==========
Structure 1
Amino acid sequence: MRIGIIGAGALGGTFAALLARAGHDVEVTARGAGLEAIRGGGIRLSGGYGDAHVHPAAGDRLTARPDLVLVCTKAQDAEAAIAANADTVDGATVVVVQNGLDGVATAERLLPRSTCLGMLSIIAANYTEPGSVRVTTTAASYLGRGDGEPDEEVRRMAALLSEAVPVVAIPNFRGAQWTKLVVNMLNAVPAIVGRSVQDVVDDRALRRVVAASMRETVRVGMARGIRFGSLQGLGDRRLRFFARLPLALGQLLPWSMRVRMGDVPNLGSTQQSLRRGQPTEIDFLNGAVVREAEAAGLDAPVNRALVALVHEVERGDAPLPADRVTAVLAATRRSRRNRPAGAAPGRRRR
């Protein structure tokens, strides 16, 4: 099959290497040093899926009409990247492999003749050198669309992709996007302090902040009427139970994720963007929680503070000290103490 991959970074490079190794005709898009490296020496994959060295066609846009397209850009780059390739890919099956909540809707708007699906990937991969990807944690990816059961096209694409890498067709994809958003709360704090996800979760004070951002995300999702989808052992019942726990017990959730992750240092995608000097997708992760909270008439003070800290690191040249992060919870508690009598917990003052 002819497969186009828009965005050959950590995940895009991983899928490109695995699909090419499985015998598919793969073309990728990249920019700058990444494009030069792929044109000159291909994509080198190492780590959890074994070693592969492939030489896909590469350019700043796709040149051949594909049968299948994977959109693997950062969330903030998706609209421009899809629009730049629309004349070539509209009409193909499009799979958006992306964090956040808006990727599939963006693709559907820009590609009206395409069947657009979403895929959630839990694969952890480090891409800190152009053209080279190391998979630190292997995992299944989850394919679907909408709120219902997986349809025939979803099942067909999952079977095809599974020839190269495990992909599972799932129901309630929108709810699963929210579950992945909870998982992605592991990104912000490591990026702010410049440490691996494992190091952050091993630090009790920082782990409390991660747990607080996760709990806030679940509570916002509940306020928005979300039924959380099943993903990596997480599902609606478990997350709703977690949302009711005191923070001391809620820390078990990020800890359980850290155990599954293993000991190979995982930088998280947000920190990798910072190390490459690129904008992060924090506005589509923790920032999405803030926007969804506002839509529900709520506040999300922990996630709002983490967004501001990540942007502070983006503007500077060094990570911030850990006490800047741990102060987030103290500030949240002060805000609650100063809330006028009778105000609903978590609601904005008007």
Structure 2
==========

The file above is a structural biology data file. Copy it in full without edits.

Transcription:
Structure 1
Amino acid sequence: MRIGIIGAGALGGTFAALLARAGHDVEVTARGAGLEAIRGGGIRLSGGYGDAHVHPAAGDRLTARPDLVLVCTKAQDAEAAIAANADTVDGATVVVVQNGLDGVATAERLLPRSTCLGMLSIIAANYTEPGSVRVTTTAASYLGRGDGEPDEEVRRMAALLSEAVPVVAIPNFRGAQWTKLVVNMLNAVPAIVGRSVQDVVDDRALRRVVAASMRETVRVGMARGIRFGSLQGLGDRRLRFFARLPLALGQLLPWSMRVRMGDVPNLGSTQQSLRRGQPTEIDFLNGAVVREAEAAGLDAPVNRALVALVHEVERGDAPLPADRVTAVLAATRRSRRNRPAGAAPGRRRR
């Protein structure tokens, strides 16, 4: 099959290497040093899926009409990247492999003749050198669309992709996007302090902040009427139970994720963007929680503070000290103490 991959970074490079190794005709898009490296020496994959060295066609846009397209850009780059390739890919099956909540809707708007699906990937991969990807944690990816059961096209694409890498067709994809958003709360704090996800979760004070951002995300999702989808052992019942726990017990959730992750240092995608000097997708992760909270008439003070800290690191040249992060919870508690009598917990003052 002819497969186009828009965005050959950590995940895009991983899928490109695995699909090419499985015998598919793969073309990728990249920019700058990444494009030069792929044109000159291909994509080198190492780590959890074994070693592969492939030489896909590469350019700043796709040149051949594909049968299948994977959109693997950062969330903030998706609209421009899809629009730049629309004349070539509209009409193909499009799979958006992306964090956040808006990727599939963006693709559907820009590609009206395409069947657009979403895929959630839990694969952890480090891409800190152009053209080279190391998979630190292997995992299944989850394919679907909408709120219902997986349809025939979803099942067909999952079977095809599974020839190269495990992909599972799932129901309630929108709810699963929210579950992945909870998982992605592991990104912000490591990026702010410049440490691996494992190091952050091993630090009790920082782990409390991660747990607080996760709990806030679940509570916002509940306020928005979300039924959380099943993903990596997480599902609606478990997350709703977690949302009711005191923070001391809620820390078990990020800890359980850290155990599954293993000991190979995982930088998280947000920190990798910072190390490459690129904008992060924090506005589509923790920032999405803030926007969804506002839509529900709520506040999300922990996630709002983490967004501001990540942007502070983006503007500077060094990570911030850990006490800047741990102060987030103290500030949240002060805000609650100063809330006028009778105000609903978590609601904005008007």
Structure 2